Al-Shabaab’s Expanding Anti-Turkish Campaign in Somalia

Publication: Terrorism Monitor Volume: 20 Issue: 6

Turkish soldier patrolling camp TURKSOM in Mogadishu (Source: Daily Sabah)

Al-Shabaab’s Expanding Anti-Turkish Campaign in Somalia

Lucas Webber

On January 18, al-Qaeda affiliated al-Shabaab conducted a suicide bombing outside of a Turkish military base in Somalia’s capital city of Mogadishu, killing at least four people and injuring around 14 others (Garowe Online, January 19). The group claimed responsibility for the attack through the official Shahada News Agency and touted the success of the operation against “Somali Special Forces who were trained by Turkish Forces.” Al-Shabaab’s target selection, and the three separate mentions of Turkey in the statement, runs consistent with the group’s ongoing guerilla campaign against Turkish soldiers, nationals, and commercial interests in Somalia. The group views Turkey as an influential supporter of the Somalian government and looks to drive the Turks out of Somalia with force. Al-Shabaab has accordingly excoriated Turkish troops stationed in Somalia as foreign “invaders” and “occupiers” (Ahval News, December 31, 2019).

Al-Shabaab Leadership Declares War on Turkey

Over the past decade, Turkey has markedly expanded its political influence and security footprint in Somalia, as indicated by the 2017 establishment of its largest overseas military installation in Mogadishu (Terrorism Monitor, May 15, 2020). Camp TURKSOM is a base and an academy intended to improve the Somali military’s operational capacities and counter-insurgency capabilities. This, in turn, has also made it a priority target for al-Shabaab plots and attacks.

Al-Shabaab’s anti-Turkey campaign began around July 2013 with a vehicle-borne improvised explosives device (VBIED) attack against the Turkish embassy in Mogadishu, which killed three people and injured several others (Hiiraan Online, July 27, 2013). Days after the bombing, Ahmed Abdi Godane, the group’s emir at the time, reportedly criticized Turkey for “trying to divide [al-Shabaab’s] leadership and its fighters.” It further alleged that “countries like Qatar and Turkey as well former members of the defunct Union of the Islamic Courts (a movement that ruled most of Somalia’s southern and central regions in 2006) are key players in these divisive deeds” (Salaan Media, July 31, 2013).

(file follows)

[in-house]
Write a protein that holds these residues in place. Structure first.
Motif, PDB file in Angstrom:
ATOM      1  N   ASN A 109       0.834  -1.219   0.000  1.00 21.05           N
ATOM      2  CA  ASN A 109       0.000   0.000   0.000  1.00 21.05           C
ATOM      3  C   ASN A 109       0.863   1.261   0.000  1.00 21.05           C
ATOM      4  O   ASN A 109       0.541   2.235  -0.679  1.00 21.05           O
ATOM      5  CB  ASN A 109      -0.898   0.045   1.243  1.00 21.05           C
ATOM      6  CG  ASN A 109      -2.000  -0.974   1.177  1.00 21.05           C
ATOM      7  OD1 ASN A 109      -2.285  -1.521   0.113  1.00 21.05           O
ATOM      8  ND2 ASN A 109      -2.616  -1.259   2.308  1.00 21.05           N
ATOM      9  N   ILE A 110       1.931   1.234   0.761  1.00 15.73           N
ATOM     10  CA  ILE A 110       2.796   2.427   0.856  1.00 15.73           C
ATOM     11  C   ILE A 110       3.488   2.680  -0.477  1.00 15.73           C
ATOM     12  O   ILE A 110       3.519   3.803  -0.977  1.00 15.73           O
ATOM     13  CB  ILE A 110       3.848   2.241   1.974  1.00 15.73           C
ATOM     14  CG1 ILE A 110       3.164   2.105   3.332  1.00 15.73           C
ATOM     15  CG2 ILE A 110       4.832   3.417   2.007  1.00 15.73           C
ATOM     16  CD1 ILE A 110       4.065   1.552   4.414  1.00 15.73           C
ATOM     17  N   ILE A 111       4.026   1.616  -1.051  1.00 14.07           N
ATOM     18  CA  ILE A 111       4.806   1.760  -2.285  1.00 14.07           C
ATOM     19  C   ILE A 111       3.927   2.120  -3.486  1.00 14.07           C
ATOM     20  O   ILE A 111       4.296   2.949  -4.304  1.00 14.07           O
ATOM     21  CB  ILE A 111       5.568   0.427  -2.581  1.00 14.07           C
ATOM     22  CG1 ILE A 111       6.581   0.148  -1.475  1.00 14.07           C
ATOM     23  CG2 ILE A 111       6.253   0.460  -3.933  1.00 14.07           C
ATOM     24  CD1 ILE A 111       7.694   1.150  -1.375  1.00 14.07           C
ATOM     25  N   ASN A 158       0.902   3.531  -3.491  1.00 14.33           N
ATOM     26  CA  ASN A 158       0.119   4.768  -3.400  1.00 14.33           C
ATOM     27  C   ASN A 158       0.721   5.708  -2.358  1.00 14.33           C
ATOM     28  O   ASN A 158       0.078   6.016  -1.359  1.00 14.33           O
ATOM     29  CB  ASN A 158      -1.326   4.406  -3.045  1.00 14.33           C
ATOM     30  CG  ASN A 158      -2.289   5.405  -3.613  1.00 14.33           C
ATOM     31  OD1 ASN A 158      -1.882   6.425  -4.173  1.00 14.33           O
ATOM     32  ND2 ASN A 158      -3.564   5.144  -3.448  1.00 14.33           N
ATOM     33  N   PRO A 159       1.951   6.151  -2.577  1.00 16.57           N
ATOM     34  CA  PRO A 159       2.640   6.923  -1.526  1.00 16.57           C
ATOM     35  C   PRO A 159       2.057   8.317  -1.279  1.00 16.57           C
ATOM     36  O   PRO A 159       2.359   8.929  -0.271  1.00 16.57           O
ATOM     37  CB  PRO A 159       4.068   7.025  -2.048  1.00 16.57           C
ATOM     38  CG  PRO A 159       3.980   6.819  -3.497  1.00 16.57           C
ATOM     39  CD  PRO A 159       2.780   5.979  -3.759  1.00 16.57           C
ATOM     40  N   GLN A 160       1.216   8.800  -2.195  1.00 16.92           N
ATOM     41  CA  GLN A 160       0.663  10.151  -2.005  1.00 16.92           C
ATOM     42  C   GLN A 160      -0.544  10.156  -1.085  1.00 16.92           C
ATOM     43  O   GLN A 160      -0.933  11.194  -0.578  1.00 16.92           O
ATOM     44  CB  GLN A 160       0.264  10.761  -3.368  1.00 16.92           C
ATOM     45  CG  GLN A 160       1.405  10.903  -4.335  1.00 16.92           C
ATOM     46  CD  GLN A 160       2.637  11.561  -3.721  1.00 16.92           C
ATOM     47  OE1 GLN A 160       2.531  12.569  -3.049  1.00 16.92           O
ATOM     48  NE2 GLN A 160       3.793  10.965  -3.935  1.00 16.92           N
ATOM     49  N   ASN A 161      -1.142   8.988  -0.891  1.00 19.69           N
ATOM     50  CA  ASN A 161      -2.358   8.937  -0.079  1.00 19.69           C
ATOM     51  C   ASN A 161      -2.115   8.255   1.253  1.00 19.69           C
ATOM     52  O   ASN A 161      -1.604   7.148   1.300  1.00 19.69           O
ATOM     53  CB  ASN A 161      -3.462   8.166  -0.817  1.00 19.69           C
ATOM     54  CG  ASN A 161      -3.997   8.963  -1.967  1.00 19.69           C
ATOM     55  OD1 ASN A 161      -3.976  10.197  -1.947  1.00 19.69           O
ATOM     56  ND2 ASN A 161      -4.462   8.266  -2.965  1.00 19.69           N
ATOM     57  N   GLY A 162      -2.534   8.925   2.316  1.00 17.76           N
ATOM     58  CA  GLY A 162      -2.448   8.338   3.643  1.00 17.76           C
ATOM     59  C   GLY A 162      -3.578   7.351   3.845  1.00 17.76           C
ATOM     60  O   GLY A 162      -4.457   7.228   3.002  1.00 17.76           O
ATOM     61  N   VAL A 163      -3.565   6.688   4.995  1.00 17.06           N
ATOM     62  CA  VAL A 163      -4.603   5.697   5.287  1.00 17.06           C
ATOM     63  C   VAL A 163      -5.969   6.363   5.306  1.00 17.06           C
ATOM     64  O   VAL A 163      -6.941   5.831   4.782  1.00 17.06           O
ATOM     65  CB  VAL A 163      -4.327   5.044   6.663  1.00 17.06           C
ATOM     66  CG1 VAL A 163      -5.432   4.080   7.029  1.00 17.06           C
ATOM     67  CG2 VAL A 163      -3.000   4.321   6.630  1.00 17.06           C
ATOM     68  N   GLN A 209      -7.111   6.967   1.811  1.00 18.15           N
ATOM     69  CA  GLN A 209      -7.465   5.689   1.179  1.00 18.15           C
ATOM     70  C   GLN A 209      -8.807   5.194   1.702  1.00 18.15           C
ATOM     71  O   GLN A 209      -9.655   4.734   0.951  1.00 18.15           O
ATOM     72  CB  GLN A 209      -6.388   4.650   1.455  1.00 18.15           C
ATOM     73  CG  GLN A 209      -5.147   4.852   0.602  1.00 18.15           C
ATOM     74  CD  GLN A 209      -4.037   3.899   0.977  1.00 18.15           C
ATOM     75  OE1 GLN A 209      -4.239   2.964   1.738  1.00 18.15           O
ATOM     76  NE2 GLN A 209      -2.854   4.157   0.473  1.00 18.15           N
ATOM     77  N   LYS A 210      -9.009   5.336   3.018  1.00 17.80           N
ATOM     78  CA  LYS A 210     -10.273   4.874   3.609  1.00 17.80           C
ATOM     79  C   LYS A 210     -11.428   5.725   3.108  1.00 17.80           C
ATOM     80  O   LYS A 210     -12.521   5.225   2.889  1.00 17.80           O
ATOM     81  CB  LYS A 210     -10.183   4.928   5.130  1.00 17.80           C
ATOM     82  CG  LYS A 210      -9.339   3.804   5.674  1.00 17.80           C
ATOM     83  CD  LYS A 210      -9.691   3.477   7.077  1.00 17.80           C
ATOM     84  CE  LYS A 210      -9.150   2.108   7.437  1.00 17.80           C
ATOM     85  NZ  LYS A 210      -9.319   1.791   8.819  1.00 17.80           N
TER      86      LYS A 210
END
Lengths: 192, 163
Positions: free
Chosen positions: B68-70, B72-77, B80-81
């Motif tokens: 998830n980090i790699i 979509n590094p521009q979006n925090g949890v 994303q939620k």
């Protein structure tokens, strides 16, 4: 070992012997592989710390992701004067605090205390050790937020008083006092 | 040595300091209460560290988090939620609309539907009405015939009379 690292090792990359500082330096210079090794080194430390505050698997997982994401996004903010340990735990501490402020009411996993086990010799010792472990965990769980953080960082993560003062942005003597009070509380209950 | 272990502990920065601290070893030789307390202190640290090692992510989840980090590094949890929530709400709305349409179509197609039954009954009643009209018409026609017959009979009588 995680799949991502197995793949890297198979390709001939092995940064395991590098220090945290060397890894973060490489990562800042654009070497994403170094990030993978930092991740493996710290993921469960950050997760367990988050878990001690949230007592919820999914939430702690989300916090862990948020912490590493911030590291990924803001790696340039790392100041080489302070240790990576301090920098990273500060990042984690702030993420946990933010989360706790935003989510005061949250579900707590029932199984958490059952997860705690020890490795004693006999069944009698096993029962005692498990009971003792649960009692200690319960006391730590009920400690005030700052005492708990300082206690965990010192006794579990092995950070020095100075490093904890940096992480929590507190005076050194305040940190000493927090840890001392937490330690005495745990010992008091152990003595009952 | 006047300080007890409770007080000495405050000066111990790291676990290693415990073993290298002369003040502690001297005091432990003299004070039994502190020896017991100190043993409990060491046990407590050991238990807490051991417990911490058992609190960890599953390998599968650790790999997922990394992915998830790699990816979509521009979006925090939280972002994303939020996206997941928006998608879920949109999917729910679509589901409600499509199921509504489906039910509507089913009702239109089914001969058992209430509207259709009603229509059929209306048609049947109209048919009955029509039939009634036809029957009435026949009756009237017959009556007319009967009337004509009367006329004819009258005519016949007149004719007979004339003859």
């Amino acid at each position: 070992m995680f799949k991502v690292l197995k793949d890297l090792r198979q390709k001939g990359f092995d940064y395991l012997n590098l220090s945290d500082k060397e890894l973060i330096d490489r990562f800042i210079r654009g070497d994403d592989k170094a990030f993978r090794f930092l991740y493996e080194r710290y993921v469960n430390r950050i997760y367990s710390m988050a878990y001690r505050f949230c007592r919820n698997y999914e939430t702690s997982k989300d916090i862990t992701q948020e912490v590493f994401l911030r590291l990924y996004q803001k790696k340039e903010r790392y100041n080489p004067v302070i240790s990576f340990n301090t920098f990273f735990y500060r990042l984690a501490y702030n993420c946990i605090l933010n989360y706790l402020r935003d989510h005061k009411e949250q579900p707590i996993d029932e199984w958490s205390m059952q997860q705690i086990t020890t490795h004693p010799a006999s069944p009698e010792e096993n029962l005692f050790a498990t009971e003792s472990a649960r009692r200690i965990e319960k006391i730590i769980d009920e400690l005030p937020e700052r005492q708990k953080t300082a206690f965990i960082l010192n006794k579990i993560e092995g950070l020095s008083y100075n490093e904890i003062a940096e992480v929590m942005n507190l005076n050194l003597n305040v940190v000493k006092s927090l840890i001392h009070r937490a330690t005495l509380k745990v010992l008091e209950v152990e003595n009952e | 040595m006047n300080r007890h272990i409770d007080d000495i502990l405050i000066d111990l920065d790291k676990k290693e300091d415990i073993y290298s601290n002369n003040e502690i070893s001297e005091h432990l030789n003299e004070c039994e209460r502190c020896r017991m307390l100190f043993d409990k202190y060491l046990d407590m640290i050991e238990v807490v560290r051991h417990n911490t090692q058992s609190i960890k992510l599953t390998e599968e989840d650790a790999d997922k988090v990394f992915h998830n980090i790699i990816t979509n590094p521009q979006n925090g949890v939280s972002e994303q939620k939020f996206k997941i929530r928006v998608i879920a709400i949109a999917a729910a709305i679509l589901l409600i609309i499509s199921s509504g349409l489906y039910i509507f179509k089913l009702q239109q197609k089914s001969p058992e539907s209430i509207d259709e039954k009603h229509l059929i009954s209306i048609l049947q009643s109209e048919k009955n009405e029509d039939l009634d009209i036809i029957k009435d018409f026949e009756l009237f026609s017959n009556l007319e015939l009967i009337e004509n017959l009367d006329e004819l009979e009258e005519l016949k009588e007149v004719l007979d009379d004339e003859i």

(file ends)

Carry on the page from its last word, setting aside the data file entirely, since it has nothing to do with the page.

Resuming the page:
The anti-Turkish hostility continued to accelerate as Godane’s successor, Ahmed Diriye, took direct aim at Turkey in his first audio statement after stepping into al-Shabaab’s top leadership role. In 2016, Diriye declared the Turkish government to be “the enemy of the nation” and accused Turkey of “looting Somali resources.” He asserted that “today Somalia’s economy is in total collapse because of their intervention. … Turkey has invaded this country economically. … They have taken control of the Somali economy and all they want is to keep the nation in poverty” (Daily Sabah, July 13, 2016). More recently, in a March 2021 video published by al-Shabaab’s official Al-Kataib Foundation for Media Productions, Diriye chastised the “apostate troops” of Turkey for supporting the “coalition of disbelievers who came from various countries” to wage “a war against the Muslims of Somalia” (Jihadology, March 27, 2021).

Al-Shabaab Targets Turkish Nationals